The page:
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Mutualist Blog: Free Market Anti-Capitalism

To dissolve, submerge, and cause to disappear the political or governmental system in the economic system by reducing, simplifying, decentralizing and suppressing, one after another, all the wheels of this great machine, which is called the Government or the State. --Proudhon, General Idea of the Revolution

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Location: Northwest Arkansas, United States

Sunday, April 20, 2008

Organization Theory Outline: Expanded Version

Chapter Outline

Part One: State Capitalist Intervention in the Market
Chapter One: A Critical Survey of Orthodox Views on Economy of Scale
Appendix 1A. Economy of Scale in Development Economics
Chapter Two: A Survey of Empirical Literature on Economy of Scale
A. Economies of Firm Size
B. Economies of Plant Size
C. The Comparative Significance of Scale Economies and Organizational Efficiency
D. Increased Distribution Costs
E. The Link Between Size and Innovation
F. Economy of Scale in Agriculture
Chapter Three: State Policies Promoting Centralization and Large Organizational Size
I. The Corporate Transformation of Capitalism in the Nineteenth Century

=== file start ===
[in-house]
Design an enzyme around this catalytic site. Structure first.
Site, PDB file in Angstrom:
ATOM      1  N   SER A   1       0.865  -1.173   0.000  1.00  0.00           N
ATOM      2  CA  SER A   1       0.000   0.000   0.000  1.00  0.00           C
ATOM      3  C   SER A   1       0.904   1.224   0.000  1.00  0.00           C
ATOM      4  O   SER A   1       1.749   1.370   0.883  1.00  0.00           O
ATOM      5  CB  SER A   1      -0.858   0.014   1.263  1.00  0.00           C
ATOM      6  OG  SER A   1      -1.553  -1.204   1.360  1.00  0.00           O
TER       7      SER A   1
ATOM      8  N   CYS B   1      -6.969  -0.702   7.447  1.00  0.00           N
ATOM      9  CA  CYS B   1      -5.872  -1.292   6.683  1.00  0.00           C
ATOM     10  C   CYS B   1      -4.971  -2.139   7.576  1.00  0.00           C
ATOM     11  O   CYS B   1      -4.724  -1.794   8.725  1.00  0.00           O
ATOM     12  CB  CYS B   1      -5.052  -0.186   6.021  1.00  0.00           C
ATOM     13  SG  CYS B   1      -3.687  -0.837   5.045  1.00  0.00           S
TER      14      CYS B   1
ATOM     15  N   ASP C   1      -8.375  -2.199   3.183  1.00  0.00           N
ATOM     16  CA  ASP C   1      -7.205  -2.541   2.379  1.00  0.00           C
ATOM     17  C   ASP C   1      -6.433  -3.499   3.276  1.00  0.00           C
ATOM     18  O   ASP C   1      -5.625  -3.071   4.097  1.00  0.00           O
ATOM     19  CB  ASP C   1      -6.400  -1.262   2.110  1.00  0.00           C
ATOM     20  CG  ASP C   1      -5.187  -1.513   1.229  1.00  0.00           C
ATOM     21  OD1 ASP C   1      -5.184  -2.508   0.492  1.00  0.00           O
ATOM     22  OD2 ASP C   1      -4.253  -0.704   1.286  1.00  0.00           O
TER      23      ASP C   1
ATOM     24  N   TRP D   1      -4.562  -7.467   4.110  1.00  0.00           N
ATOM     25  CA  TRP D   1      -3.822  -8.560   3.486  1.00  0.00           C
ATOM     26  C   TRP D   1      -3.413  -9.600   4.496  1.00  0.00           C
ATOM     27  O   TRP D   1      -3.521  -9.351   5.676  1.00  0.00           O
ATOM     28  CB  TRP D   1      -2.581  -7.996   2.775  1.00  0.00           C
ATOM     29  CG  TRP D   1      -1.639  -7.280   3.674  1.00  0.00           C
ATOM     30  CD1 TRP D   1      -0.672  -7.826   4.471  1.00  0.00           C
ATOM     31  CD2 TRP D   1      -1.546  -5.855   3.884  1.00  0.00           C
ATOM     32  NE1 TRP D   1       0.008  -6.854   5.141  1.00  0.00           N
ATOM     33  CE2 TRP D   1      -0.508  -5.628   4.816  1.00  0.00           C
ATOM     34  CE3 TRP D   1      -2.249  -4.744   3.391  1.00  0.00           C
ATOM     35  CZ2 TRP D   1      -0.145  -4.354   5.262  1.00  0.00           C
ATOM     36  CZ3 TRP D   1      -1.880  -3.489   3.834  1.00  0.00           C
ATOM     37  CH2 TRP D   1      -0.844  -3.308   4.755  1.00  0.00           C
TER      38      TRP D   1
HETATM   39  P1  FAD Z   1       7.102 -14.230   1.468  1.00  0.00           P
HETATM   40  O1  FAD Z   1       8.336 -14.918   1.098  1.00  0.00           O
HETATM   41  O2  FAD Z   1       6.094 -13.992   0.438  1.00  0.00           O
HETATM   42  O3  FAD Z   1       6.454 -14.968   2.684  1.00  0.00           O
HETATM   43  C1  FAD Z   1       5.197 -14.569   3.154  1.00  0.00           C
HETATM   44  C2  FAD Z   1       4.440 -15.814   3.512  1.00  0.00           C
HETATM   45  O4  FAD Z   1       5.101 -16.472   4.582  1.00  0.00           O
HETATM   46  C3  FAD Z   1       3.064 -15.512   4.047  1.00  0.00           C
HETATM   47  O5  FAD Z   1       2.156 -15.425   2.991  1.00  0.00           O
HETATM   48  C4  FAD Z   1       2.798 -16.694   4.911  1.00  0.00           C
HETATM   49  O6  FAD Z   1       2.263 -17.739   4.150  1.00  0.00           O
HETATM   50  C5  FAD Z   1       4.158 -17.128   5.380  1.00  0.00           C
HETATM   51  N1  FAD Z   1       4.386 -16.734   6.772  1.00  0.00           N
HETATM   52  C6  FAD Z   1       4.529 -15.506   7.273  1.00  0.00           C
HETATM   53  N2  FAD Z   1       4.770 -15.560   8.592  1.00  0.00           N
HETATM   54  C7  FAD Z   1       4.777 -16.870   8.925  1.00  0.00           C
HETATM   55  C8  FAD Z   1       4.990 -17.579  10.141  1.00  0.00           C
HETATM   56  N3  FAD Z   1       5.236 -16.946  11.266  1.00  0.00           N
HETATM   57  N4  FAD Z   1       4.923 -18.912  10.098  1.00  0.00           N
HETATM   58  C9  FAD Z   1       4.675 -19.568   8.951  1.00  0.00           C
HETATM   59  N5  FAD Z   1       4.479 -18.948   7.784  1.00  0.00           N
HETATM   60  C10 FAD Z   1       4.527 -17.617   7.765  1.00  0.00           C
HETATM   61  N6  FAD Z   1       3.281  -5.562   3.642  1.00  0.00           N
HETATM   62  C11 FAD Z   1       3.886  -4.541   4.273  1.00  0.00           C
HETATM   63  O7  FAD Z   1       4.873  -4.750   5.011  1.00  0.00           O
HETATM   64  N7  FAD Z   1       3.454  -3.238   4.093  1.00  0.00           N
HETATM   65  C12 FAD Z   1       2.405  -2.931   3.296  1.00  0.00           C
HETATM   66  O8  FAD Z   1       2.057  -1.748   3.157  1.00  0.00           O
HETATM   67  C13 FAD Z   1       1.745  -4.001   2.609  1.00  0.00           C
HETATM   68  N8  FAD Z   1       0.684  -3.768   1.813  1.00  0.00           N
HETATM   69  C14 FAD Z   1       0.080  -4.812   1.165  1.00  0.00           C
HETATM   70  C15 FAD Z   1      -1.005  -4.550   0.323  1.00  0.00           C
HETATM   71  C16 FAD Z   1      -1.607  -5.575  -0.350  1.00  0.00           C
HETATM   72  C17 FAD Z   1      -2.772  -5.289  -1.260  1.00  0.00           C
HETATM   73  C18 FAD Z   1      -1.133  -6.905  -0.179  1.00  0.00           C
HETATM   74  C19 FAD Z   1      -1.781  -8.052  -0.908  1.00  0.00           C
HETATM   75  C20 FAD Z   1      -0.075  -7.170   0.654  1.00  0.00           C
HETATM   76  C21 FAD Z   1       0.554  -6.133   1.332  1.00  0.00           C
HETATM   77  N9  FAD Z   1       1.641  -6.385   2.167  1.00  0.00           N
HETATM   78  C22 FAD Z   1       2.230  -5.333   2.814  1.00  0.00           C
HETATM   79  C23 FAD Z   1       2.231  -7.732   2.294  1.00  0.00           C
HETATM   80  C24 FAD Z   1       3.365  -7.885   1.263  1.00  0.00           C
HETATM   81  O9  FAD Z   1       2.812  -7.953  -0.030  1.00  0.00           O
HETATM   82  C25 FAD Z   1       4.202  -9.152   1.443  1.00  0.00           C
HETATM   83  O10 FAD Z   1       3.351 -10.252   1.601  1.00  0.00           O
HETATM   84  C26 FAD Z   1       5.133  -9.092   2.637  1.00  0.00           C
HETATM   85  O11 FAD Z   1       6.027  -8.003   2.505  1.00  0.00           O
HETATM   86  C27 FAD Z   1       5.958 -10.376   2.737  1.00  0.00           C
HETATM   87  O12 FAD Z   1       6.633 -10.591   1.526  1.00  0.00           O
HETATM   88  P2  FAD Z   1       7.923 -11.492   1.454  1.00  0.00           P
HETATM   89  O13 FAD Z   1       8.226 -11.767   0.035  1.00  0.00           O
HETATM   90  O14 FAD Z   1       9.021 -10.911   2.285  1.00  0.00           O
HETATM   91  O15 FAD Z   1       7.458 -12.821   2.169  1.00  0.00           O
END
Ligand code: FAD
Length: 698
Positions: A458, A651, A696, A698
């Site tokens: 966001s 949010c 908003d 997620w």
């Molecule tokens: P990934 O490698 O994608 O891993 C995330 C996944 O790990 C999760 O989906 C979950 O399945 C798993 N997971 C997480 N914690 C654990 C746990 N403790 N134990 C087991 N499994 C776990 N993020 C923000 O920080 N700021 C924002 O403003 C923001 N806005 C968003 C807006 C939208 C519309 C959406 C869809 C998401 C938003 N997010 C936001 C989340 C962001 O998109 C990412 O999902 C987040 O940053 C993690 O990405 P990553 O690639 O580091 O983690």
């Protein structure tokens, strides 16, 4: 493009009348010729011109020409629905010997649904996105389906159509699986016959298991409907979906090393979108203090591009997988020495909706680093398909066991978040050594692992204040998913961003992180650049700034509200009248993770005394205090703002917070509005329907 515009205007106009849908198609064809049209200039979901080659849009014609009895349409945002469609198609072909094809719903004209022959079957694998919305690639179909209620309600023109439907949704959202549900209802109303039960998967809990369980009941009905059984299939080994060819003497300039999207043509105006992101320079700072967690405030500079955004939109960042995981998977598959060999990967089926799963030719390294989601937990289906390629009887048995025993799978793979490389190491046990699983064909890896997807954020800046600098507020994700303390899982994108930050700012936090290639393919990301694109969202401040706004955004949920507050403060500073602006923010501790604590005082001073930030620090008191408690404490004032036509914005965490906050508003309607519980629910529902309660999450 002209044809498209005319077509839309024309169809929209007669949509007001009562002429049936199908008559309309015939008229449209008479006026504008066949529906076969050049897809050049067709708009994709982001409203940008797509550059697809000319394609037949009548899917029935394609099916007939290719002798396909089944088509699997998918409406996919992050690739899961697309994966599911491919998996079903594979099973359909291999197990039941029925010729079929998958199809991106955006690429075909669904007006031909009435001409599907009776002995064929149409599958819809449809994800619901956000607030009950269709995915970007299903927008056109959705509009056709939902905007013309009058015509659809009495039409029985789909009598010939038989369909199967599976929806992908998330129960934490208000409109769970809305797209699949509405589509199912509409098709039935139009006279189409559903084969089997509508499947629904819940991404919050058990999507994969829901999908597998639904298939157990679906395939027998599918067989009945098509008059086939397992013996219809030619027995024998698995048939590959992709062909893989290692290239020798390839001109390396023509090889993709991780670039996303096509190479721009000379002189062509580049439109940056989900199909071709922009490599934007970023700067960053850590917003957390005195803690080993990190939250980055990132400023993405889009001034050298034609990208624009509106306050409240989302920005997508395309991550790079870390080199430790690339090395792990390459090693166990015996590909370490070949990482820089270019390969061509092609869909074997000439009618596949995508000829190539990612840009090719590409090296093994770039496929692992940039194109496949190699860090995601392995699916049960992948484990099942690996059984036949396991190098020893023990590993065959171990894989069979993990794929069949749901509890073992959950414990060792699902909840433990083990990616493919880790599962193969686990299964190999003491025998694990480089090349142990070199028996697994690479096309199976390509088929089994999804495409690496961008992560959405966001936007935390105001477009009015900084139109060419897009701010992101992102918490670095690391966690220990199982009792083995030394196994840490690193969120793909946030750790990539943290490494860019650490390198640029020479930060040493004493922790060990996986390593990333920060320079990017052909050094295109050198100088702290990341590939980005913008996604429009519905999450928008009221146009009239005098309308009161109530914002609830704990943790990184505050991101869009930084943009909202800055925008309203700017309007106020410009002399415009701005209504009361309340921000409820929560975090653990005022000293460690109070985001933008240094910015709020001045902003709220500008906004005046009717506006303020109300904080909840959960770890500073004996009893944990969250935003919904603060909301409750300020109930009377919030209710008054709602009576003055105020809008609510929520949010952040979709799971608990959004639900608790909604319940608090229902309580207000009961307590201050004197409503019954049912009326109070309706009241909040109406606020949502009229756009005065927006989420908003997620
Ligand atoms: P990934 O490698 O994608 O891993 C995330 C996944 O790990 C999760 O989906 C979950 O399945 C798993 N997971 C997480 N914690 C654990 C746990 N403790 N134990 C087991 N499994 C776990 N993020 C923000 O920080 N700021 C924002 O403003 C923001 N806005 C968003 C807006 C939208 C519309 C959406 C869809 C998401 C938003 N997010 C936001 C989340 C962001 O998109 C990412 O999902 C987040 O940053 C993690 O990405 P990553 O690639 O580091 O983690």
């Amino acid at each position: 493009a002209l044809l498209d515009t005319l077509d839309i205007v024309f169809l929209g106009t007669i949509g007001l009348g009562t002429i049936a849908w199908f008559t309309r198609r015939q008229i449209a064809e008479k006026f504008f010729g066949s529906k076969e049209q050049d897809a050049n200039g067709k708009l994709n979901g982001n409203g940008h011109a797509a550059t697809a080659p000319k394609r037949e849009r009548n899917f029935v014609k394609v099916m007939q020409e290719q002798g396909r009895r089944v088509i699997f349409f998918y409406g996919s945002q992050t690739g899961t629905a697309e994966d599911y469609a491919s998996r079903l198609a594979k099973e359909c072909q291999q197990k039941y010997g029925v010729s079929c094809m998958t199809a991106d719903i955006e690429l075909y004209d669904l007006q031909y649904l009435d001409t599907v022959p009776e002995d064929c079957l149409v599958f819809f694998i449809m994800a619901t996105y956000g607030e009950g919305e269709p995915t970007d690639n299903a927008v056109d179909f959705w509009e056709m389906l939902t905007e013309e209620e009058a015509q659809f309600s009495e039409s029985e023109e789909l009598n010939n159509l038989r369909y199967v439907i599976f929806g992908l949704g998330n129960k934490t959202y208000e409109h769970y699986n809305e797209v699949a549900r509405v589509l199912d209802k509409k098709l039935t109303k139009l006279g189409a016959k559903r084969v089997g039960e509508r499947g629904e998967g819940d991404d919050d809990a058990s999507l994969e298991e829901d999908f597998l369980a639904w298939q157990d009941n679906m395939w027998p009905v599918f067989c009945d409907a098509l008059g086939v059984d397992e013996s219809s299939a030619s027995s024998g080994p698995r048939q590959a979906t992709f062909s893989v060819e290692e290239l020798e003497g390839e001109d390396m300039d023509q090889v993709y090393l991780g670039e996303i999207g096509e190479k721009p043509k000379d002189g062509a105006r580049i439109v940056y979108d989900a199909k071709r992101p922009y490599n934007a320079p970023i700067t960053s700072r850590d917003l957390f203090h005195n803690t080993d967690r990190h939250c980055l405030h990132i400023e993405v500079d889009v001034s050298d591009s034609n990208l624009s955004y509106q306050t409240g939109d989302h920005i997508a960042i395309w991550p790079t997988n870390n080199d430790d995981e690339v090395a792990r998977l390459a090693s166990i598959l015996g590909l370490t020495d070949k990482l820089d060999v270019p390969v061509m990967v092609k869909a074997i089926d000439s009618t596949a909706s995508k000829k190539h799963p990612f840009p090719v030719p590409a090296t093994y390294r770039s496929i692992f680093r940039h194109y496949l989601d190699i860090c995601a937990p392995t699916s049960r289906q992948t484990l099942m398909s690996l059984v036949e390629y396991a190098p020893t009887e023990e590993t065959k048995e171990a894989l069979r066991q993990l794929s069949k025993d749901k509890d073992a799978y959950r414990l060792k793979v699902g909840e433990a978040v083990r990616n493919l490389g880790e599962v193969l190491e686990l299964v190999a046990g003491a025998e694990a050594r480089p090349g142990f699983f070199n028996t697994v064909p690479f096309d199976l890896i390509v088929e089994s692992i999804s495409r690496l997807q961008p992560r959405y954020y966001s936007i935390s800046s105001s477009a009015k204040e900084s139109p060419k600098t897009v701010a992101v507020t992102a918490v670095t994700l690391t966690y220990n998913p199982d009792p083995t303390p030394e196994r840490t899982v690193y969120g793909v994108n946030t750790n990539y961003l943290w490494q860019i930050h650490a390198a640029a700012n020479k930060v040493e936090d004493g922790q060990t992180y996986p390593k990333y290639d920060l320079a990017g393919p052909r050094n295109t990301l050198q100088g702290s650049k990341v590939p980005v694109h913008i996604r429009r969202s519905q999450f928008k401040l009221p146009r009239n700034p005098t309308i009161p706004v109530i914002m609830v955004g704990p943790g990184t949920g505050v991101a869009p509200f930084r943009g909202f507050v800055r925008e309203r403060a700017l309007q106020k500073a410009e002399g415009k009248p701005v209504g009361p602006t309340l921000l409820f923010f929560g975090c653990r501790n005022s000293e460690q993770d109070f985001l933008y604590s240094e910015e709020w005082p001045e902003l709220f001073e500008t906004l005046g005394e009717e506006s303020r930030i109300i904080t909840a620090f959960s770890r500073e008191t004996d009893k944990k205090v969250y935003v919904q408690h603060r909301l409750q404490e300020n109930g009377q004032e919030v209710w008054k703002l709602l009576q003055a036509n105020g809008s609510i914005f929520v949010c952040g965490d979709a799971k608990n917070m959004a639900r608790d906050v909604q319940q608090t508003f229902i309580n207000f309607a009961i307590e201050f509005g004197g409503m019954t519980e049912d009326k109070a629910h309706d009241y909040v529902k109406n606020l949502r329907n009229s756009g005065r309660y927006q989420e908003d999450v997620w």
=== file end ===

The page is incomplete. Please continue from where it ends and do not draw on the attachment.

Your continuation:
A. The Nineteenth Century Corporate Legal Revolution
B. Subsidies to Transportation and Communication Infrastructure
C. Patents and Copyrights
D. Tariffs
II. Twentieth Century State Capitalism
A. Cartelizing Regulations
B. Tax Policy
C. The Corporate Liberal Pact with Labor
D. The Socialization of Corporate Cost
E. State Action to Absorb Surplus Output
F. Neoliberal Foreign Policy

Part Two: Systemic Effects of Centralization and Excessive Organizational Size

Chapter Four: Systemic Effects of State-Induced Economic Centralization and Large Organizational Size
A. Radical Monopoly and Its Effects on the Individual
B. Systemic Effects on Institutional Culture
C. The Large Organization and Conscript Clienteles
D. The New Middle Class and the Professional-Managerial Revolution
Postscript: Crisis Tendencies
Appendix 4A. Journalism as Stenography

Part Three: Internal Effects of Organizational Size Above That Required for Optimum Efficiency

Chapter Five: Knowledge and Information Problems in the Large Organization
A. The Volume of Data
B. The Distortion of Information Flow by Power
Conclusion and Segue
Appendix 5A. Toilet Paper as Paradigm
Chapter Six: Agency and Incentive Problems in the Large Organization
Chapter Seven: Economic Calculation in the Corporate Commonwealth (the corporation as planned economy)
A. The Divorce of Entrepreneurial from Technical Knowledge
B. Mises vs. Hayek on Distributed Knowledge
C. Rothbard's Application of Mises' Calculation Argument to the Private Sector
Chapter Eight: Managerialism, Irrationality and Authoritarianism in the Large Organization
A. The Corporate Form and Managerialism
B. Self-Serving Policies for "Cost-Cutting," "Quality" and "Efficiency"
C. The Authoritarian Workplace: Increased Hierarchy and Surveillance
D. Authoritarianism: Contract Feudalism
E. Authoritarianism: The Hegemony of "Professionalism"